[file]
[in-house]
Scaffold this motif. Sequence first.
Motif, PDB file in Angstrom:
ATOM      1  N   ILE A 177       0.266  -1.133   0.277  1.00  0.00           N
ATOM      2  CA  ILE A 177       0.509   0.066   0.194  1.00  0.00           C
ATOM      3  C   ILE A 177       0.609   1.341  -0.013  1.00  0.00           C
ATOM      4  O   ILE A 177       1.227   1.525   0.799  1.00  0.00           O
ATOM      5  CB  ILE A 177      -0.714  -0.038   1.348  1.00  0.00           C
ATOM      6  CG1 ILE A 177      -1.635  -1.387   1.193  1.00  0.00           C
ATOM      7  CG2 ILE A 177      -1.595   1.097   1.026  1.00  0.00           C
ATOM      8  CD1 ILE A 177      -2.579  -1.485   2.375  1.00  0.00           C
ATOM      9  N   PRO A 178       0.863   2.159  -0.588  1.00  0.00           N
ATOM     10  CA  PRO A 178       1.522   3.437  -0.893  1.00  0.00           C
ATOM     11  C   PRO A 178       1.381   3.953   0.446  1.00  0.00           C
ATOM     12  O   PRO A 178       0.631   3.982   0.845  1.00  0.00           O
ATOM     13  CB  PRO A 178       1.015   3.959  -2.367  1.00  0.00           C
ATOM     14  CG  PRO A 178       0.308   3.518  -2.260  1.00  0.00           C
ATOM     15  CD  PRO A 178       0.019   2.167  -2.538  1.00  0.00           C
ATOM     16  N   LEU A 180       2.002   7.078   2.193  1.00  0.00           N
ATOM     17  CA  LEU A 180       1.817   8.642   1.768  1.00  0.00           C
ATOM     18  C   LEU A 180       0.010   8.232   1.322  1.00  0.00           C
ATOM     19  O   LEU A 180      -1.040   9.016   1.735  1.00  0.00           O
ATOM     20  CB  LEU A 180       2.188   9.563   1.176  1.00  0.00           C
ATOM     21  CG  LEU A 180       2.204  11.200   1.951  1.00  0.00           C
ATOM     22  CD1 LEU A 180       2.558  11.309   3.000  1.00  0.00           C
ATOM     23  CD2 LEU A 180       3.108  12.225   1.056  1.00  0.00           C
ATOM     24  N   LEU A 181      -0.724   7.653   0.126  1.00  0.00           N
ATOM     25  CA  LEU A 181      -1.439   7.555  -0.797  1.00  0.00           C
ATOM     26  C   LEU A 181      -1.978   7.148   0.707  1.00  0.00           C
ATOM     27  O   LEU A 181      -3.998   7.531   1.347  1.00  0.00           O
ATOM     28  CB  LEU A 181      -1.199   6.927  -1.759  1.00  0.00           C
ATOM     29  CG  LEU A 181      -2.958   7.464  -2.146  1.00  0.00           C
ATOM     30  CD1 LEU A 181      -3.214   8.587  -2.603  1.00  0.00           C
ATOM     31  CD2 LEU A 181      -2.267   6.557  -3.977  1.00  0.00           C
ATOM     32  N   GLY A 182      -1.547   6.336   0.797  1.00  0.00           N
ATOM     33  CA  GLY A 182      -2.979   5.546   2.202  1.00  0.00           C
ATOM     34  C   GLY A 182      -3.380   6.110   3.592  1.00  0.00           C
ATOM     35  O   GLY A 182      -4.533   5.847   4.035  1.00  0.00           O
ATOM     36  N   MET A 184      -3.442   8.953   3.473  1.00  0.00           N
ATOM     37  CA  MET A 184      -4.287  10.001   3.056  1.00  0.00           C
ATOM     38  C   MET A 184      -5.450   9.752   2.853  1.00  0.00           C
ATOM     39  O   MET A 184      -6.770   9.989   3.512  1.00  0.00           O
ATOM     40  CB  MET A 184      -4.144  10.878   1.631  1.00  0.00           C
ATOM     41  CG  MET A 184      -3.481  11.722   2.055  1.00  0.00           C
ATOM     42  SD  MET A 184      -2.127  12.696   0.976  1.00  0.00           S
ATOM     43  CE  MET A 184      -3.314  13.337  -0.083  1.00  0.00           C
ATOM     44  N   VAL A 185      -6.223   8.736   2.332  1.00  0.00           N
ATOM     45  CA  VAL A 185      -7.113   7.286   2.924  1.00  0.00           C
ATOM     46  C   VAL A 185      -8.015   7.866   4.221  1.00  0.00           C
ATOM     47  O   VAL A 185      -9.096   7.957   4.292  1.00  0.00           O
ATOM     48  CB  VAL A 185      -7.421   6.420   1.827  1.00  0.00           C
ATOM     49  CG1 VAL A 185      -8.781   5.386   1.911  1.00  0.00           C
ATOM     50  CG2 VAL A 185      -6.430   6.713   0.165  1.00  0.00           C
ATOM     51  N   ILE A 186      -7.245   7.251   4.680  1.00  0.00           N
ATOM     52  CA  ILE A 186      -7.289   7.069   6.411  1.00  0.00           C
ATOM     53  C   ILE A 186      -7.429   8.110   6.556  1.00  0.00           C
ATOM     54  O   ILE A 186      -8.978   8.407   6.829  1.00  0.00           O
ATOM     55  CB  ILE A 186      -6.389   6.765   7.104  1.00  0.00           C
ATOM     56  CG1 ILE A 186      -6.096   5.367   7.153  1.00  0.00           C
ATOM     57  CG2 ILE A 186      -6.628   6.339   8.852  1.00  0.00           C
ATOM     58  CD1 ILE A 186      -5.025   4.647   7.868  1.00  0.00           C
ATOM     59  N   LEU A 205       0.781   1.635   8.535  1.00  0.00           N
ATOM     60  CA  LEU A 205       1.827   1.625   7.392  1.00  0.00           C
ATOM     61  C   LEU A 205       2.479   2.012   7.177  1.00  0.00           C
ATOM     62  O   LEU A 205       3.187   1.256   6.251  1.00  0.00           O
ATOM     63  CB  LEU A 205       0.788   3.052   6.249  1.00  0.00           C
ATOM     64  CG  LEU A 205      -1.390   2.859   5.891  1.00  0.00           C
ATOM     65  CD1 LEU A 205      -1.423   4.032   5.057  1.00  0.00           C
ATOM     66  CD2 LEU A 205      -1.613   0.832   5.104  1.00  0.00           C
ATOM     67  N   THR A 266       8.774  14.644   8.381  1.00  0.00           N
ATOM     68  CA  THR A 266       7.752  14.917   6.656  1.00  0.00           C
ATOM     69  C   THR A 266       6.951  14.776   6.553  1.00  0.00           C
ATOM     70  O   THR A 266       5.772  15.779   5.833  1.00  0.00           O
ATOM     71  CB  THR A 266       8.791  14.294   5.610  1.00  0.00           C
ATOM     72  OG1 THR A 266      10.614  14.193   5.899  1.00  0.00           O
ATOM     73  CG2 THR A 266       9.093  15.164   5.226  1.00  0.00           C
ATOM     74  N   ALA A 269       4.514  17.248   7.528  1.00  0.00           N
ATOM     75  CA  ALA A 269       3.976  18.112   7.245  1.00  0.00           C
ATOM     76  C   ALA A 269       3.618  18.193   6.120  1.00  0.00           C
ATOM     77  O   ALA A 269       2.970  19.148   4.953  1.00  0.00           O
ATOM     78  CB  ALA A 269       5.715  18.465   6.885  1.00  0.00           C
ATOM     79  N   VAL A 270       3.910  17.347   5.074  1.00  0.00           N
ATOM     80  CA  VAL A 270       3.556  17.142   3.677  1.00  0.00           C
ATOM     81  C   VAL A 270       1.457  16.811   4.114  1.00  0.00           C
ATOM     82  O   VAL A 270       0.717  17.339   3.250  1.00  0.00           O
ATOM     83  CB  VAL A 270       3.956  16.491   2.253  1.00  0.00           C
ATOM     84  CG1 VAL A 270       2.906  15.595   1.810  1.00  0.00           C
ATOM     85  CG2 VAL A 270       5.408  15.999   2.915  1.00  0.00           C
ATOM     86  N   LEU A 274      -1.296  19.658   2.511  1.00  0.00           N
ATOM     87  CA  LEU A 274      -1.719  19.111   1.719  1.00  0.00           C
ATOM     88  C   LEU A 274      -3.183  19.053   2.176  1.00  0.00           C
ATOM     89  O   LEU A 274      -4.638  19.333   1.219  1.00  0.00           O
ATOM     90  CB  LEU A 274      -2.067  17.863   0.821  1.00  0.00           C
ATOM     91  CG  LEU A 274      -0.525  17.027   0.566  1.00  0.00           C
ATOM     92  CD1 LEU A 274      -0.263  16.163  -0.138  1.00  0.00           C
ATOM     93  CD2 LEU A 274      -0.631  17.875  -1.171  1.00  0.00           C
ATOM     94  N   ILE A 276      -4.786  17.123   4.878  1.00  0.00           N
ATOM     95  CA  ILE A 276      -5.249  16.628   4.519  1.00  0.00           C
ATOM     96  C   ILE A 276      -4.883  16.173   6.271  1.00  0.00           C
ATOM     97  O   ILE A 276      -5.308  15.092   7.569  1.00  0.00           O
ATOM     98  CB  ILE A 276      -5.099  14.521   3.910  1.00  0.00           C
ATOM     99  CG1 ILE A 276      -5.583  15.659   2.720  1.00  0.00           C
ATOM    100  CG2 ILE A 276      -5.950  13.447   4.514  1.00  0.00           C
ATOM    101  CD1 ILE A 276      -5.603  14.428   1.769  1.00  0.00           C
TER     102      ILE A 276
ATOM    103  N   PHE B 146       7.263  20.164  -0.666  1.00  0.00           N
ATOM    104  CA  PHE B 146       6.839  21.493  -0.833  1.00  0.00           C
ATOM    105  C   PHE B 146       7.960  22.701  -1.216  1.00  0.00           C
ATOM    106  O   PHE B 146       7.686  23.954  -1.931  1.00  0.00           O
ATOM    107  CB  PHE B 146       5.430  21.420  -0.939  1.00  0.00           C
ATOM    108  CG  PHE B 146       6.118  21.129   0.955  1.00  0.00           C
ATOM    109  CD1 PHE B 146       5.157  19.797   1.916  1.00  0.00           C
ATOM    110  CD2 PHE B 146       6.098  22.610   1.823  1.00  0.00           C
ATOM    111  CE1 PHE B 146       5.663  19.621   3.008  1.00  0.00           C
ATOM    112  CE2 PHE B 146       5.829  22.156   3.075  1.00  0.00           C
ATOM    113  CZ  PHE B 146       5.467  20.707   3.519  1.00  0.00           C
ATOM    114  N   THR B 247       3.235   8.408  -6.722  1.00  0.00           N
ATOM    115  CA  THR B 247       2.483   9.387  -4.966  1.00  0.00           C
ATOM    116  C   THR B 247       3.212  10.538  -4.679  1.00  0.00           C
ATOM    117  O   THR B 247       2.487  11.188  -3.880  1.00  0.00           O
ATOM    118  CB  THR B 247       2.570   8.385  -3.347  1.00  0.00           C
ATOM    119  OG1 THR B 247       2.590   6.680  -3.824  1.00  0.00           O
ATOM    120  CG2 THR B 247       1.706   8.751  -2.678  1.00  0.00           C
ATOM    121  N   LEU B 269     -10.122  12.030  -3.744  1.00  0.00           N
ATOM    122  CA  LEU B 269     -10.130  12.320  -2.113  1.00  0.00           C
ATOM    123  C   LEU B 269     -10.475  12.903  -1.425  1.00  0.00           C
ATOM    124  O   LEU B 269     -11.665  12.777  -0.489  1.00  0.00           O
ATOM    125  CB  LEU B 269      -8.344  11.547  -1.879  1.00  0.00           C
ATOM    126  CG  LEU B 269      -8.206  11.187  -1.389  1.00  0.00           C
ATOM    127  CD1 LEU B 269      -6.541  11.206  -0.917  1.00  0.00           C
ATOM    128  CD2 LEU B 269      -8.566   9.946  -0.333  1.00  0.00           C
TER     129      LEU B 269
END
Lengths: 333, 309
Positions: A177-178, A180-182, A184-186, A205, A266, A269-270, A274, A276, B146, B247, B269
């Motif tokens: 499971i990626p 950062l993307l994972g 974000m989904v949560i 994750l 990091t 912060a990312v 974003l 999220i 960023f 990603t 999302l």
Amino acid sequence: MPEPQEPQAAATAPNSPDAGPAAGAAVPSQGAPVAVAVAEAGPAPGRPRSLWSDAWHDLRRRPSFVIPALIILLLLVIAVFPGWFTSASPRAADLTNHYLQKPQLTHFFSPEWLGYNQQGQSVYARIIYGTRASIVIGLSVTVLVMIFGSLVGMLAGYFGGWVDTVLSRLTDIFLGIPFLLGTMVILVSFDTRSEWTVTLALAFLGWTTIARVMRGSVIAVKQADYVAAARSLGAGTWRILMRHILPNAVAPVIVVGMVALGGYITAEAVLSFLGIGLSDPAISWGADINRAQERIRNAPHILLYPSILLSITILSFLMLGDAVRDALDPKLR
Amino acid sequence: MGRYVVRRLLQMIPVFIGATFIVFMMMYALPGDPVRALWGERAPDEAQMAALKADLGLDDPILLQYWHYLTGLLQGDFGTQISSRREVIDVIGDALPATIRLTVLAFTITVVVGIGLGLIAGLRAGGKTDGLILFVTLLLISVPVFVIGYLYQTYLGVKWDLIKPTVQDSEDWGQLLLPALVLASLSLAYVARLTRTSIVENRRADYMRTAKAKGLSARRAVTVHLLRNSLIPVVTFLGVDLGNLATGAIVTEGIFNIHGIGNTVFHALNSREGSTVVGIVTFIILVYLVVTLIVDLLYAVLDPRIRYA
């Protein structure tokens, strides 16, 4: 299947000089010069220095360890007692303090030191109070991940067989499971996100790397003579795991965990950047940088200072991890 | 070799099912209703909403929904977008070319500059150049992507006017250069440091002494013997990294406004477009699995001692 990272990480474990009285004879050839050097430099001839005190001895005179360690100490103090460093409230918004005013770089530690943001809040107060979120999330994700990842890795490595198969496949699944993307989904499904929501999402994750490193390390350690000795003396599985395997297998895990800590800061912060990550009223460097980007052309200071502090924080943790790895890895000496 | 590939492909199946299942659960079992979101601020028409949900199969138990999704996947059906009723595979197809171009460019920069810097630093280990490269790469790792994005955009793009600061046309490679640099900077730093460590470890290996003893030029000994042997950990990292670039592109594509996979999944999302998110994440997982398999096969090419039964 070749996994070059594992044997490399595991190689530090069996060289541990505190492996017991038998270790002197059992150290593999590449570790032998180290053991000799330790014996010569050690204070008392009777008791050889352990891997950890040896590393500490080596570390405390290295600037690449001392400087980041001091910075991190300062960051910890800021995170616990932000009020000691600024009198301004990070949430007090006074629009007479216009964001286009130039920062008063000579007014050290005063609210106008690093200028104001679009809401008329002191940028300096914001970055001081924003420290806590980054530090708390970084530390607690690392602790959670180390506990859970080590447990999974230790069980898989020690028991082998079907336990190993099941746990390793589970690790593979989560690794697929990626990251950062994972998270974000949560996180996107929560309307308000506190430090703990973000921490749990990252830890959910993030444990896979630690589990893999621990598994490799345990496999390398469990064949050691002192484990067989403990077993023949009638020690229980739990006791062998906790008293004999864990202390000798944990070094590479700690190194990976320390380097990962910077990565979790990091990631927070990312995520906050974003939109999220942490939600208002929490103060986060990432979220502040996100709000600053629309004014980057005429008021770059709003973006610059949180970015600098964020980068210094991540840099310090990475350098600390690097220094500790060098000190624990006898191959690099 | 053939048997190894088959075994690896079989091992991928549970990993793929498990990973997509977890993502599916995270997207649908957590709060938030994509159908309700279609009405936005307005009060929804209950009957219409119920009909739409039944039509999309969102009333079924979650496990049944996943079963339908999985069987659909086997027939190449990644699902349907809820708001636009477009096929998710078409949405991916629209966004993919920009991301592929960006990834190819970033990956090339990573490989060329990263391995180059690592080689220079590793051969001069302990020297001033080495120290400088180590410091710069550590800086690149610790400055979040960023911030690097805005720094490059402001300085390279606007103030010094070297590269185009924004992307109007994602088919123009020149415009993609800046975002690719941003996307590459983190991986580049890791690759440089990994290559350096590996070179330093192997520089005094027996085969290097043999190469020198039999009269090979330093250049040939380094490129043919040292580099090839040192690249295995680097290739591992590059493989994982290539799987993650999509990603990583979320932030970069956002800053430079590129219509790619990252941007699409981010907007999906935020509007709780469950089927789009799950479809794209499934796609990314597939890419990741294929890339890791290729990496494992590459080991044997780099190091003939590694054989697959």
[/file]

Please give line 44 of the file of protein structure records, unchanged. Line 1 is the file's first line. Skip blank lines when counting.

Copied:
ATOM     41  CG  MET A 184      -3.481  11.722   2.055  1.00  0.00           C